Caring for a Loved One: Senior Housing Options Compared


Seniors make up a reported 13.3 percent of the US population; what was estimated to be 41.4 million people aged 65 or older in July 2011 is projected to reach 92 million by 2060. That’s quite a lot! And as one grows older, seniors often start needing assistance with daily tasks such as housekeeping, medication, meals, and the like. About 2 out of 3 seniors will need long term care, and it should be something that the younger generation should take into account for their loved ones. When picking between senior housing options, it’s important to choose one that will meet your and your loved one’s financial, physical, medical, and social needs. That being said, here are the varied senior housing options available.

Assisted Living

Seniors who can no longer live on their own can also consider assisted living facilities. These long-term care centers help the elderly with daily tasks like preparing medications, meals, housekeeping, etc. Living in private apartments with trained staff available 24/7 and nurses on hand, this is a good option for seniors who still want to have some independence while being able to receive the care they need. This type of care often runs around $2,500 – $4,000 a month.

Nursing Homes

Nursing homes are probably your most expensive option, but is necessary for residents who require medical monitoring almost constantly, often because of medical problems. Services are provided 24 hours a day by nursing staff (registered nurses, LPNs, and nursing assistants) but it also very restrictive, as a senior resident will not be able to make lots of decisions for themselves. Health insurance may be able to help for either short or long-term care, although it differs between providers. Nursing homes often cost anywhere between $5,000-8,000 a month, which is certainly not chump change.

Independent Living

There are communities out there created for seniors who need little to no help with their daily tasks, aptly called independent living. In this type of living arrangement, seniors are allowed to live on their own in private apartments and maintain an independent lifestyle, with staff only helping with tasks such as preparing meals, doing laundry, or housekeeping. Best for the elder with no medical problems, this is ideal for seniors who want independence with some supervision from staff. This type of program will run you around $1,500 – $3,500 a month.

Options for Aging-in-Place

The choices listed above are all senior housing options in separate facilities. However, for the vast majority of seniors, most prefer to age in place in their own home, where they are comfortable in familiar surroundings and close to neighbors and their community. Seniors who have a close network of friends and family are encouraged to explore aging-in-place options, as they allow for lots of freedom and are generally what most seniors want. Below are just a few options for aging-in-place:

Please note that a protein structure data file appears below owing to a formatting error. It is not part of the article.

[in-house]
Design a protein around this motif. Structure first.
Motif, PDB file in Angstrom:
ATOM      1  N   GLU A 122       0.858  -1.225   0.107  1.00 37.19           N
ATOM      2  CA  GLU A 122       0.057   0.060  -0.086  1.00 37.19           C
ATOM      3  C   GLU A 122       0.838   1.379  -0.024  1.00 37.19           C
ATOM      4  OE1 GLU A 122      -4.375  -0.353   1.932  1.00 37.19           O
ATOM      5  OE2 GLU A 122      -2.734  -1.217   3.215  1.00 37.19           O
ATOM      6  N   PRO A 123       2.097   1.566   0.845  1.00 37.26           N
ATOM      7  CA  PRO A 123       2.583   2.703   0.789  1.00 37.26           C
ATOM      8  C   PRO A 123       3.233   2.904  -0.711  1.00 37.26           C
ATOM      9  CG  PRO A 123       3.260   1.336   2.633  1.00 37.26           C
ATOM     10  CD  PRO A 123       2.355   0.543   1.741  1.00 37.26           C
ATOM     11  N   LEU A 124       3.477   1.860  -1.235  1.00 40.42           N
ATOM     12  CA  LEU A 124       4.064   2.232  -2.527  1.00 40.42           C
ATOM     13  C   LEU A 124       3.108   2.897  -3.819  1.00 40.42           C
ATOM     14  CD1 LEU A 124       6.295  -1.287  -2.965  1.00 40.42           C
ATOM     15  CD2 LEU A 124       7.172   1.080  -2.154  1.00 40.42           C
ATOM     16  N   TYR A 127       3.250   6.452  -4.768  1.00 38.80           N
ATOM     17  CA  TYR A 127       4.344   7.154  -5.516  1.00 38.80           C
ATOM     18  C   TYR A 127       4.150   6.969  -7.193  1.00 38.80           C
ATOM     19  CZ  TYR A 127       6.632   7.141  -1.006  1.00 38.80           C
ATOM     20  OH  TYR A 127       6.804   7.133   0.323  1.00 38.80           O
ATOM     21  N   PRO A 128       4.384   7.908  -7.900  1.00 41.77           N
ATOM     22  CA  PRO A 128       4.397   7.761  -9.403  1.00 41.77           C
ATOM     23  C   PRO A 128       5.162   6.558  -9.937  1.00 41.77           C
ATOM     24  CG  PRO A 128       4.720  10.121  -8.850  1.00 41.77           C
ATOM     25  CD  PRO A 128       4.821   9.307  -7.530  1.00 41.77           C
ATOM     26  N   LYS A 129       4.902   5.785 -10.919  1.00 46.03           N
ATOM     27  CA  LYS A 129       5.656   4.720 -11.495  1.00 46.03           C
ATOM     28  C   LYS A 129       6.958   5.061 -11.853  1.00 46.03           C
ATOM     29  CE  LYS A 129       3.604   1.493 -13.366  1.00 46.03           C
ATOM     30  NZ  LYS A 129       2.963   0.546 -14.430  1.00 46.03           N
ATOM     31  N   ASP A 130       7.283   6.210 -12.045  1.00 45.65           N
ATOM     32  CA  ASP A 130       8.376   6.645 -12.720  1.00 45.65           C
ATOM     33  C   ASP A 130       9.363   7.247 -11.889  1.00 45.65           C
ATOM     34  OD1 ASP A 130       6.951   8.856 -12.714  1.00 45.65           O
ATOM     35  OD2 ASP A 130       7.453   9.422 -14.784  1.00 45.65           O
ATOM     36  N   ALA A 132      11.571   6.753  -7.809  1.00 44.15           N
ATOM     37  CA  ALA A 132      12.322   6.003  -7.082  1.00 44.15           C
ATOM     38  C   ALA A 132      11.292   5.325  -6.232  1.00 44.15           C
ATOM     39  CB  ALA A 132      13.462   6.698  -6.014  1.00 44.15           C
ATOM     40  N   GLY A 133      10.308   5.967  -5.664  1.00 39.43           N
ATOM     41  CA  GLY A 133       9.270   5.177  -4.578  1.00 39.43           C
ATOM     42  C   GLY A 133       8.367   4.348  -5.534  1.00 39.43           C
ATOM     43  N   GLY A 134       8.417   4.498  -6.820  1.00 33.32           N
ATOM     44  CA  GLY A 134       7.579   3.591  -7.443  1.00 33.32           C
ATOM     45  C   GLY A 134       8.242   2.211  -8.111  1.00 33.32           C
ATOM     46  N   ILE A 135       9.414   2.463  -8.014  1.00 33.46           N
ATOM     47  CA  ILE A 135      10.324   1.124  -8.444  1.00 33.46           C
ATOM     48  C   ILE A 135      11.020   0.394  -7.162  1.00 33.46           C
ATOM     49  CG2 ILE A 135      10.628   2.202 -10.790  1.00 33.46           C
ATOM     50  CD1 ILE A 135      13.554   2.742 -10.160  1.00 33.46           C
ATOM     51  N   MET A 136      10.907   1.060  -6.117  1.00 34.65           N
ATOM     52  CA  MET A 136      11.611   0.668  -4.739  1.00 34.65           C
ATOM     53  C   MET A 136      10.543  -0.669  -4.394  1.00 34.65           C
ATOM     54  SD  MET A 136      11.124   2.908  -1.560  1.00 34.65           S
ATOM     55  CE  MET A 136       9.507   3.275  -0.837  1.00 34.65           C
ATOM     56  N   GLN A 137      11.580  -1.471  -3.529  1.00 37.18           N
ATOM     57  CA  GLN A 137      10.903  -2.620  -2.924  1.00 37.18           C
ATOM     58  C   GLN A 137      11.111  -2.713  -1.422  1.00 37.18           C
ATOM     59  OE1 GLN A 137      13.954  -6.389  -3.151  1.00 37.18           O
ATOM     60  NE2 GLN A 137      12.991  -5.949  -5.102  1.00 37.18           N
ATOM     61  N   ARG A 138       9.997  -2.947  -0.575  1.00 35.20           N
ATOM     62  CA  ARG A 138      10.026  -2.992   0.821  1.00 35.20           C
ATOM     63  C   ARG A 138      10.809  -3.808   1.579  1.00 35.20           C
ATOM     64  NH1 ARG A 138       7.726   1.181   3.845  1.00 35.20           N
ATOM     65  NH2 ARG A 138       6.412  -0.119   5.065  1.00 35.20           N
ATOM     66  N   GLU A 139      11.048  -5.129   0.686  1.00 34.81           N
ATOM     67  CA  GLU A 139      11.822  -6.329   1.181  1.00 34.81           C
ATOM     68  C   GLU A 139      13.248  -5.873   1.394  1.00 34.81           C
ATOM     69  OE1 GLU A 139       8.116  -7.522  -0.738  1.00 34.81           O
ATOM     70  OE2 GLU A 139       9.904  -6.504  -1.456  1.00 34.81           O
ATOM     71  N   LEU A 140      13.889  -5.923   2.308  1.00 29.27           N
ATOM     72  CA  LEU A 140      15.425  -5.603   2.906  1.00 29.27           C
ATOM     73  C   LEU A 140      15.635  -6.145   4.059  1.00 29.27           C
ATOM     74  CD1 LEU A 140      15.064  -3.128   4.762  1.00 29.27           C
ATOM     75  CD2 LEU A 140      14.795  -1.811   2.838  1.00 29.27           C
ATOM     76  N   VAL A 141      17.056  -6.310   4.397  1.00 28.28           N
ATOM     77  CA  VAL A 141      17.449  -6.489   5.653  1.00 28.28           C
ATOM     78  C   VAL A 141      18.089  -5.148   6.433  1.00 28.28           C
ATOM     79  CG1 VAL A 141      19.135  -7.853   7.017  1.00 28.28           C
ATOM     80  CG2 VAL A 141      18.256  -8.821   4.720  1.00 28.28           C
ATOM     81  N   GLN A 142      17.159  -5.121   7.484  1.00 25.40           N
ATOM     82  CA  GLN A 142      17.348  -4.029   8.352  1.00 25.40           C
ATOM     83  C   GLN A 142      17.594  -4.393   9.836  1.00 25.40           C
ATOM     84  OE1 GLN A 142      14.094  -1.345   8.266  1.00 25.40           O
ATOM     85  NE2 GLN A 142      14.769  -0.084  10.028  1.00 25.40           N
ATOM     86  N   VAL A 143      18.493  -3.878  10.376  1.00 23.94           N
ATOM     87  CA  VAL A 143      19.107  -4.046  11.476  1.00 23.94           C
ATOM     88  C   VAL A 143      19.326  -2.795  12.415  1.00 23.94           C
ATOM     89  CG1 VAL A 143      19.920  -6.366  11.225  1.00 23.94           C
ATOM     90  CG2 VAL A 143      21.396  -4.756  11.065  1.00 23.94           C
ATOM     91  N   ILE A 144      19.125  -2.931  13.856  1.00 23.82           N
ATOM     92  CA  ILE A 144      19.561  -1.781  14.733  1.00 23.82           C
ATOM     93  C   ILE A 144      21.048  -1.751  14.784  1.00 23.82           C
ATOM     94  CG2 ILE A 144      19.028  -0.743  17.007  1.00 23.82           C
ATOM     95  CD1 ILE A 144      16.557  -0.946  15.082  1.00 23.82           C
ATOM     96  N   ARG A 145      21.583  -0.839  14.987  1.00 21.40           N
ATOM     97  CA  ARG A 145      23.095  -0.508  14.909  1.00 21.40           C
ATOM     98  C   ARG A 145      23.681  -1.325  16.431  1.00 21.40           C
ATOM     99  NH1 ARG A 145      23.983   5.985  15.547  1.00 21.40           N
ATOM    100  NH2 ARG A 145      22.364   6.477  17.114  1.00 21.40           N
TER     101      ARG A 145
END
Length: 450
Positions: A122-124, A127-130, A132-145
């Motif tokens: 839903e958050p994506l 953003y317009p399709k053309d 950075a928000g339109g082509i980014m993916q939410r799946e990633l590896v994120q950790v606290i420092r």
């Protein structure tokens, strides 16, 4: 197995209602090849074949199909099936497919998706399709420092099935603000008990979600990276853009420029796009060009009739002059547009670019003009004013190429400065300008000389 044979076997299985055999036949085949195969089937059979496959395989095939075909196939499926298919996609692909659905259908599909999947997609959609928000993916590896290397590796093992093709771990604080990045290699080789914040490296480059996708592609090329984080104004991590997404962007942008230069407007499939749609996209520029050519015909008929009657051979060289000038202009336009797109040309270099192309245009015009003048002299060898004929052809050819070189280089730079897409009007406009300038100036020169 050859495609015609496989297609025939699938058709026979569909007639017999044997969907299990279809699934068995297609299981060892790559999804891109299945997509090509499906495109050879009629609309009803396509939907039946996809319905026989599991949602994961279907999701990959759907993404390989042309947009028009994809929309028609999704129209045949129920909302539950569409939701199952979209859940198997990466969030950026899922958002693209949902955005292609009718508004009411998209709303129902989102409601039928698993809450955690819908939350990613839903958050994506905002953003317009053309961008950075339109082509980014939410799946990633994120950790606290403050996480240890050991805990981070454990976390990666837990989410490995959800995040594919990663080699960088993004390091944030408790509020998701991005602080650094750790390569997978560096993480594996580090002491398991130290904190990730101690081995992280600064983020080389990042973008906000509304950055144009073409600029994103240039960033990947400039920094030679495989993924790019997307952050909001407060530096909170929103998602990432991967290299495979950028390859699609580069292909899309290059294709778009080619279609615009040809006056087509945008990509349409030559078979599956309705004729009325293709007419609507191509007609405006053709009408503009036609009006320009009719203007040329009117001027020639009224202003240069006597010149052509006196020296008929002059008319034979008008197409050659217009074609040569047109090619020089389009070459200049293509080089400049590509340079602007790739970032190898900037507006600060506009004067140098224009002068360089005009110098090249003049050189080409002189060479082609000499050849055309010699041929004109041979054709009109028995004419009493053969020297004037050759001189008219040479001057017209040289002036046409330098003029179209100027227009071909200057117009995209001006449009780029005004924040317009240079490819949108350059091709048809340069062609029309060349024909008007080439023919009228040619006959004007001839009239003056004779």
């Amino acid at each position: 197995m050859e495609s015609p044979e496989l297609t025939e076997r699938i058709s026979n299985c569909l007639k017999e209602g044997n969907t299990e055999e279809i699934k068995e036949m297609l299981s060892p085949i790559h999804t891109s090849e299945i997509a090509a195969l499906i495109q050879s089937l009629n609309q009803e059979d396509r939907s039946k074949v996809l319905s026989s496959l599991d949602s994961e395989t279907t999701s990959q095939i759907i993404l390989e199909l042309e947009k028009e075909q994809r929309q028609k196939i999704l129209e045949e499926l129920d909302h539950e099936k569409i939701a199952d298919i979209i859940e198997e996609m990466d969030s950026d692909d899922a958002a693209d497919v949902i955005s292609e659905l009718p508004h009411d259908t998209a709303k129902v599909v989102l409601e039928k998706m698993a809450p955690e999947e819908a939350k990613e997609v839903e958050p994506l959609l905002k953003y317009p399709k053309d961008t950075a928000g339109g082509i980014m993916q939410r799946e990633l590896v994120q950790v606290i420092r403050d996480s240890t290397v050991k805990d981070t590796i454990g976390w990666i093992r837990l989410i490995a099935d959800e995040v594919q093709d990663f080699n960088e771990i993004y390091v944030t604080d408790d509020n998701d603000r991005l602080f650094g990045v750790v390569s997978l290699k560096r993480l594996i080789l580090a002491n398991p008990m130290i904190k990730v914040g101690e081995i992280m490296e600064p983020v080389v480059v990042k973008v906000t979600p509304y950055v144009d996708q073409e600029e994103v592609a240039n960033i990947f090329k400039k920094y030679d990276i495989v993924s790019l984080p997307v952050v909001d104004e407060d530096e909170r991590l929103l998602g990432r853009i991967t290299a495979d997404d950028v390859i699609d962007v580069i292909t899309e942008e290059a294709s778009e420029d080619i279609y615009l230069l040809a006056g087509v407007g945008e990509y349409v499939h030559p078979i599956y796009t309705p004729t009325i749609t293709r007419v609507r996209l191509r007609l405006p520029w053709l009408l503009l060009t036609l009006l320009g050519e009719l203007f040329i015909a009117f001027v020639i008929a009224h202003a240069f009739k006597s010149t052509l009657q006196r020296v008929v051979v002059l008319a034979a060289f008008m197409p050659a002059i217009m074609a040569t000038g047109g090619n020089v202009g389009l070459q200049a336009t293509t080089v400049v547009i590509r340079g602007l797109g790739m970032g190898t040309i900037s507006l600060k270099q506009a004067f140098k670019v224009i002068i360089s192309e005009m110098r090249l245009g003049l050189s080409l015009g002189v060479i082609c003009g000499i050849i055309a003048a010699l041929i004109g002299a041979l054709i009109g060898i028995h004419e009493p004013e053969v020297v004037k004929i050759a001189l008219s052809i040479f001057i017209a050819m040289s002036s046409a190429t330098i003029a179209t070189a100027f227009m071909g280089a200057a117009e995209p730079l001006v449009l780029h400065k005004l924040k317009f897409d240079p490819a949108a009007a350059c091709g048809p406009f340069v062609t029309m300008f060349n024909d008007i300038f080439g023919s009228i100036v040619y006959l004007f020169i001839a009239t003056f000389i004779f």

• In-home care – For this service, licensed home health aides visit daily or several times a week (depending on your needs) to help with daily activities like bathing, toileting, hygiene, meal preparation, housekeeping, medication, and moving around. However, this service does not include medical care, which only trained nurses can provide. In-home care is ideal for families who do not have time for caregiving, but would like their loved ones to remain at home. In-home care will often cost around $20-40 per hour.
  • Home modifications – For seniors who can’t move around a normal home anymore, home modifications can change homes to meet the special needs of seniors of any age, height, or ability. This can include adding ramps, lifts, or elevators as necessary. This can be a great way to save heaps of money as well, compared to moving a senior into an expensive nursing home. What’s more, adding home modifications to accommodate the elderly can also allow for other people with disabilities to visit. The cost can vary, however, anywhere from a few hundred dollars to several thousand.
  • Adult day care – An adult day care is exactly what it sounds like, a day care for adults. These day care centers help to promote the well-being of seniors with social and health related services, providing a safe environment, meals throughout the day, and some much needed downtime for family caregivers. A very social environment for seniors, adult day cares are around $64 a day.
  • Maid, yard, and meal services – For seniors who cannot keep up with housekeeping, grocery shopping, and preparing meals, this service allows seniors to stay in their own homes while having their necessary chores being done by homemaker services. This option is relatively cheap, with most running about $20 an hour.
  • Remote monitoring – This service allows for family members to keep an eye on elderly loved ones from afar, either through internet video calls, personal emergency response services, or sensors that track activity and vital signs. This is often an inexpensive option that allows for no restrictions on a loved one’s independence, while also being able to respond when a senior is in need. Costs can vary for this type of service, anywhere from $10-20 a month for emergy response services and $25-50 per doctor visit.



Peter Huang